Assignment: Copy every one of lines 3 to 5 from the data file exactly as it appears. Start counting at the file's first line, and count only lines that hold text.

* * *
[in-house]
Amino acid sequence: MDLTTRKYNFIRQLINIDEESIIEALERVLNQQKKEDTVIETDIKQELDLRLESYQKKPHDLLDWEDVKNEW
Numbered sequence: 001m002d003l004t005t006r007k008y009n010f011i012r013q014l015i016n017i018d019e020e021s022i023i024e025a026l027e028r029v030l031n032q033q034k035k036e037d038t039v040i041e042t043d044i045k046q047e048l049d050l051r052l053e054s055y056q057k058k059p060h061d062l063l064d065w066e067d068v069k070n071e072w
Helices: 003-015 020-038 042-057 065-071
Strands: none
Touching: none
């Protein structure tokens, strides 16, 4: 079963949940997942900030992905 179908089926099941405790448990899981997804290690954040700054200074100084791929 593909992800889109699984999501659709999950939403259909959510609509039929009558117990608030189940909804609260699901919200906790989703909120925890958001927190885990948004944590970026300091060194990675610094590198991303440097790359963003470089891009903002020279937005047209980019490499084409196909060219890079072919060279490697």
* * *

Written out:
Numbered sequence: 001m002d003l004t005t006r007k008y009n010f011i012r013q014l015i016n017i018d019e020e021s022i023i024e025a026l027e028r029v030l031n032q033q034k035k036e037d038t039v040i041e042t043d044i045k046q047e048l049d050l051r052l053e054s055y056q057k058k059p060h061d062l063l064d065w066e067d068v069k070n071e072w
Helices: 003-015 020-038 042-057 065-071
Strands: none